It took nine months after South Bend Mayor Pete Buttigieg kicked off his long-shot Democratic presidential campaign before he landed his first spate of Indiana endorsements.
Ten Hoosier mayors – Tom McDermott of Hammond, Dave Kitchell of Logansport, Brent Bascom of Rising Sun, Gay Ann Harney of Rockport, Ron Meer of Michigan City, John Hamilton of Bloomington, Gabriel Greer of Peru, Greg Goodnight of Kokomo, Ted Ellis of Bluffton and Hugh Wirth of Oakland City – were part of a group of more than 50 mayors to endorse this upstart presidential campaign.
Beyond his fellow mayors, Buttigieg hasn’t picked up much support from the Democratic Indiana political establishment. U.S. Reps. Pete Visclosky and André Carson aren’t on board, nor is former senator Joe Donnelly, who attended Buttigieg’s campaign kickoff last April. Indianapolis Mayor Joe Hogsett was also there, but didn’t endorse this past week, presumably concentrating on his own reelection bid.
The 10 Hoosier mayors and 40 of their national counterparts explained their endorsement: “We have watched Mayor Pete over the last eight years as his steady and inspired leadership has revitalized his city. It was no surprise to us when his constituents reelected him with 80% of the vote. Pete has transformed South Bend, and now he is showing what American leadership can and should be in the years ahead. That kind of empathetic leadership is desperately needed in the Oval Office.”
We are now about five months before the Iowa caucus and New Hampshire primary and so, you may ask, does Mayor Pete have a snowball’s chance in a Nelson’s Golden Glo fire pit to actually win the nomination?
I would characterize his chances as low, but not impossible, particularly here in the Donald Trump era. He’s running fifth in Iowa with a Real Clear Politics polling composite at 7.5%, and fourth in New Hampshire with 8%. The national polling composite has him fourth at 5.8%, trailing Joe Biden, Elizabeth Warren and Bernie Sanders. Biden has led this race throughout, consistently polling in the range of 28% to 30%, though Warren is drawing Trump-like crowds in the 20,000 range.
Peter Hart, a Democratic pollster who polls for NBC/Wall Street Journal, cautions about the impact of early polls. “What we see in September isn’t what we see in December,” Hart said.
The key in these kinds of political marathons is to peak at the right time, and in this race, you want to be drawing big crowds and rising in the polls in the next couple of months. Buttigieg has raised a historic amount of money – north of $30 million – and has been dramatically staffing up in the early primary states.
He has also been a policy machine, releasing extensive white paper proposals on health care (“Medicare for all who want it”), his Douglass Plan to take on centuries of ingrained racism, as well as others on rural health and poverty, and disaster relief. His foreign policy speech at Indiana University early last summer would have made Richard Lugar proud. So he has the policy chops and intellectual credibility to be in the conversation.
The surprising thing about this race is it’s the septuagenarians (Warren, Sanders and Biden, who told us about listening to his “record player”) leading the pack. Buttigieg’s JFK-era plea of “passing the torch to a new generation” simply hasn’t materialized to date. A Fox News Poll this week revealed that many Democratic voters simply want to nominate someone who can defeat President Trump and not necessarily open new policy vistas. There is still time for that dynamic to change, with former President Jimmy Carter saying this past week he didn’t believe folks over 80 should be working in the Oval Office.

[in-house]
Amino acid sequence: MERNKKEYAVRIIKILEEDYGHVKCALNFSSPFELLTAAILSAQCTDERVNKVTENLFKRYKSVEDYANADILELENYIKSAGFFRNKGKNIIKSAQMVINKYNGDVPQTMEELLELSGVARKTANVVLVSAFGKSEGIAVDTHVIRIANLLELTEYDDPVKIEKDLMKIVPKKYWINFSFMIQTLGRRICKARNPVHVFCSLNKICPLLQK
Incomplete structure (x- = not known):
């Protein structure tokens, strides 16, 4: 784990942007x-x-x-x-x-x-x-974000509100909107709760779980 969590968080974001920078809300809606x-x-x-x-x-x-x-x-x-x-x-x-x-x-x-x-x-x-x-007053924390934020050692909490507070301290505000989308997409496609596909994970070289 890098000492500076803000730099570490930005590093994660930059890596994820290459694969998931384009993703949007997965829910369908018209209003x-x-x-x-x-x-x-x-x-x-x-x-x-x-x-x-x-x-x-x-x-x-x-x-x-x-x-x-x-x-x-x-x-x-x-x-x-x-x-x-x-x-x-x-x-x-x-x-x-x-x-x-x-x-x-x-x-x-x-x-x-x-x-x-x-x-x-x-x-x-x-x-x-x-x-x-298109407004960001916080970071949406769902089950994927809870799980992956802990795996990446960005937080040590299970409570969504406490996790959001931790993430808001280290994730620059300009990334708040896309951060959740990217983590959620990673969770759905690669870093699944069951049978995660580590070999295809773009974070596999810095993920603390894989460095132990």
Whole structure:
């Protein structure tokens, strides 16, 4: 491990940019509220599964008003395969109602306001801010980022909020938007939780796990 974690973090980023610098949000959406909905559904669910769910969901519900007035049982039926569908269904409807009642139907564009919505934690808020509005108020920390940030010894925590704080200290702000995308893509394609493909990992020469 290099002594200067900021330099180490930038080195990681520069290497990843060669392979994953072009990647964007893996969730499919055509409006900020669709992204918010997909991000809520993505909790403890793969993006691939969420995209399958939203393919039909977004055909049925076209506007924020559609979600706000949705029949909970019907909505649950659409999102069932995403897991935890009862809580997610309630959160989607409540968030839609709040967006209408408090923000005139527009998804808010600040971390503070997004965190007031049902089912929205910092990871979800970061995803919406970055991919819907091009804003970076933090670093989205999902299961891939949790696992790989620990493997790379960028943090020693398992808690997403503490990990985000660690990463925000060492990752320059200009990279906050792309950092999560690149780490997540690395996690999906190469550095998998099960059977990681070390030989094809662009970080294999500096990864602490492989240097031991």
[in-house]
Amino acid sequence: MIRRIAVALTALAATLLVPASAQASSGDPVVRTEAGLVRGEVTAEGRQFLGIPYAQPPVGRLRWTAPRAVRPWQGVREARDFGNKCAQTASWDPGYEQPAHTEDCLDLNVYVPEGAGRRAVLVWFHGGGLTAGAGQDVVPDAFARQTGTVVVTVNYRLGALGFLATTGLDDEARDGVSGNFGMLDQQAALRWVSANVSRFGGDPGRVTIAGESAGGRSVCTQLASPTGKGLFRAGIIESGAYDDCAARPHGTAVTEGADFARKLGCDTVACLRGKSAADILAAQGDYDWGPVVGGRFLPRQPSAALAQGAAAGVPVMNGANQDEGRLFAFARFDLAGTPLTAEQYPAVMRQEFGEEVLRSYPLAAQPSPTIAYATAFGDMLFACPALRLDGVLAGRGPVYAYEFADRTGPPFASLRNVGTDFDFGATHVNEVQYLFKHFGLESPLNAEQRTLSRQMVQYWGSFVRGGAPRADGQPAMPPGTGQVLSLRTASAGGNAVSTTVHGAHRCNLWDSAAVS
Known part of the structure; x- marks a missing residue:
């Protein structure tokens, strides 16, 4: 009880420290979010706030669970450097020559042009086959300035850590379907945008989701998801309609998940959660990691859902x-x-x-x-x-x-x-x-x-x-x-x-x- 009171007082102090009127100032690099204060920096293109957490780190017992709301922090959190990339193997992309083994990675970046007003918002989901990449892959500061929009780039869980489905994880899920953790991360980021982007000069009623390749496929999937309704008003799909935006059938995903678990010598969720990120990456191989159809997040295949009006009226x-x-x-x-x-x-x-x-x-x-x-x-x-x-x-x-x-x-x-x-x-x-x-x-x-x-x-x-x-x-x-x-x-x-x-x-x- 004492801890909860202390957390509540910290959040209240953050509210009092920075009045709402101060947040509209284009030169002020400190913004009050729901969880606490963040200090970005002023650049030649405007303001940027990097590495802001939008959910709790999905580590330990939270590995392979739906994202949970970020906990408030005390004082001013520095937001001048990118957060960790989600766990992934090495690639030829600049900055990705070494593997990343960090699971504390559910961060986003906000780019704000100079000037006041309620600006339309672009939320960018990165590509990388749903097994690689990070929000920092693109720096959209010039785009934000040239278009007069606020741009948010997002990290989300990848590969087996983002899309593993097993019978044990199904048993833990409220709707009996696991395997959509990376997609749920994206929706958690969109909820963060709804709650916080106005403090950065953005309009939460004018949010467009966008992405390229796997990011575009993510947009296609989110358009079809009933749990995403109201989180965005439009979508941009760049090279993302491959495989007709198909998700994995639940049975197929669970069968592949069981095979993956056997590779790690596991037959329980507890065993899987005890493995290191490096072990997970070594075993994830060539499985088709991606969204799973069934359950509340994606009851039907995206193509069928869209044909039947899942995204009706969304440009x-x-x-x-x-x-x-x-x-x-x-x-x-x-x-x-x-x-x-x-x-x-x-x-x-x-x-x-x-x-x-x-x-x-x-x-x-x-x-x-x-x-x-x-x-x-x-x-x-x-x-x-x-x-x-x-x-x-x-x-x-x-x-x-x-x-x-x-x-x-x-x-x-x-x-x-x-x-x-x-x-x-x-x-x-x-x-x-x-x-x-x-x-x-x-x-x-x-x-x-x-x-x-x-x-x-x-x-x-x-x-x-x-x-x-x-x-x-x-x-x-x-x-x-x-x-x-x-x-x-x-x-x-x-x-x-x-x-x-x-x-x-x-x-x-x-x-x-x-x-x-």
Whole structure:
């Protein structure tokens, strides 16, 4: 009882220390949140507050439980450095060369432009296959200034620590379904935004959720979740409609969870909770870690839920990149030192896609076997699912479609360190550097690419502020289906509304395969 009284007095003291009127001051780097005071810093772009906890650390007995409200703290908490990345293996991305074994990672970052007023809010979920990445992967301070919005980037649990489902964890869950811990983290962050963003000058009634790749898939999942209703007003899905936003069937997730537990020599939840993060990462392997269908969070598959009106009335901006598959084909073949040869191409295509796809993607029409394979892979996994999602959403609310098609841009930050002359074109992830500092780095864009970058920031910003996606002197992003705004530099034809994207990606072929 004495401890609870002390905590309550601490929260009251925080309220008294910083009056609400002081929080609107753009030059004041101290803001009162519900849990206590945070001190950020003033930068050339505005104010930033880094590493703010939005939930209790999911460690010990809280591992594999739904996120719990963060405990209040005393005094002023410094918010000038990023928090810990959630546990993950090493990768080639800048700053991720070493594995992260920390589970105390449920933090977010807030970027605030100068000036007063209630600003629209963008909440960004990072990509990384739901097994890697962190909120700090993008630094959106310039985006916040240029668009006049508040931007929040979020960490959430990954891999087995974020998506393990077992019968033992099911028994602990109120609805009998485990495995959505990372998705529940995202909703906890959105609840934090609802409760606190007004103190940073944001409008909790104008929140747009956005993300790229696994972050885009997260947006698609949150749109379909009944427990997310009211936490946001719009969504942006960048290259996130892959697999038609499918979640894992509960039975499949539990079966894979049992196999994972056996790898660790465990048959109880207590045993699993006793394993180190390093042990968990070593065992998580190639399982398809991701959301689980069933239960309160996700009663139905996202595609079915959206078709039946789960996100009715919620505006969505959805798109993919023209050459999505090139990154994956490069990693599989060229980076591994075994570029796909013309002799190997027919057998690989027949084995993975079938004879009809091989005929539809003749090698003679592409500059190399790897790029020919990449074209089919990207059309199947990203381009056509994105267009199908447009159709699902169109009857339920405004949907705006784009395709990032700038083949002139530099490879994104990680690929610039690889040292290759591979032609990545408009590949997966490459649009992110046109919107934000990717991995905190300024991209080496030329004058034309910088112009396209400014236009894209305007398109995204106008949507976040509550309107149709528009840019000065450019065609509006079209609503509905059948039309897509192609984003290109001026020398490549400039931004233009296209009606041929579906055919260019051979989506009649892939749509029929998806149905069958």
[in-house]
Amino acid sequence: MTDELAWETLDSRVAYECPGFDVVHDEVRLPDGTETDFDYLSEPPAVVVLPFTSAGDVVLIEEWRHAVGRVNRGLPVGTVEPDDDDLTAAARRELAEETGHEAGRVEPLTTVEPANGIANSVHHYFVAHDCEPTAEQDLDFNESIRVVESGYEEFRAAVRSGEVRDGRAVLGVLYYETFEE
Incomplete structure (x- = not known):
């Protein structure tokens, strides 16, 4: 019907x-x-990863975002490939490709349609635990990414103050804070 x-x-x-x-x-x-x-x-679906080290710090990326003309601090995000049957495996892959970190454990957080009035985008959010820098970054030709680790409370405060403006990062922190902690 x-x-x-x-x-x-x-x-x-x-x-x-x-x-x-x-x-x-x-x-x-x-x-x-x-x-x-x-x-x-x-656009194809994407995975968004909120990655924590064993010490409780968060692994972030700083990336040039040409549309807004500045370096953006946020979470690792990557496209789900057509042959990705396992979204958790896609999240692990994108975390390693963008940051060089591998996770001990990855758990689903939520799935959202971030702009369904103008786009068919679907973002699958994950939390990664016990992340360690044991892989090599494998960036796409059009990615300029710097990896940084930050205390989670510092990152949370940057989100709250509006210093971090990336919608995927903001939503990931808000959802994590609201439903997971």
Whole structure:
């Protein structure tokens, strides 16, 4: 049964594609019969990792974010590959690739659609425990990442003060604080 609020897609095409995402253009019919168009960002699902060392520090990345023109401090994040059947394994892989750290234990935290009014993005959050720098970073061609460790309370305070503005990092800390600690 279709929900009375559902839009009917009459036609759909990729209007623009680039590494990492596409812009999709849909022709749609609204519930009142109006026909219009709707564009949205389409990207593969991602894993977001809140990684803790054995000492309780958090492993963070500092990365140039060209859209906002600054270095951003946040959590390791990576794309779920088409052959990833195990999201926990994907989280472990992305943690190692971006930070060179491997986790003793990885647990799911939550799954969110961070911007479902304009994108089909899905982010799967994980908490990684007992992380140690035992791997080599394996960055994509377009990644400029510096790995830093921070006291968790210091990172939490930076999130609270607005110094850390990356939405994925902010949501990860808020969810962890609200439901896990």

There is also modern history that plays into Buttigieg’s wheelhouse. The most recent Democratic presidents – John Kennedy, Jimmy Carter, Bill Clinton and Barack Obama – were all young progressives when they made it to the White House, all on their first try. The track record for the so-called “establishment” Democrats – Hubert Humphrey, Walter Mondale, Al Gore and John Kerry – isn’t very good. All of them lost.
Buttigieg has some significant obstacles in his way. In the recent NBC/Wall Street Journal, he was drawing only 3% among African American voters, and he is doing even worse with that demographic in the third state to vote, South Carolina. Buttigieg still hasn’t fully recovered from the police action shooting in South Bend involving a white officer and a black man last June.
And there’s a new controversy, the 2,200 fetal remains found on the Illinois property of the late abortion Dr. Ulrich Klopfer, who operated a clinic in South Bend. Buttigieg has introduced a theological component to his rationale of his candidacy, which is rare for a Democrat, and the Klopfer case creates a challenge for him on that front.
Mayor Buttigieg has performed credibly during the first three debates, but he kind of gets lost in the 10-candidate stage. He would have a better shot if, before the first caucuses and primaries, he ends up on stage with the septuagenarians, where he could make a sharper generational contrast. He may not get that chance.
I must also remind you of my 2016 mantra here in the Trump era: Anything can happen.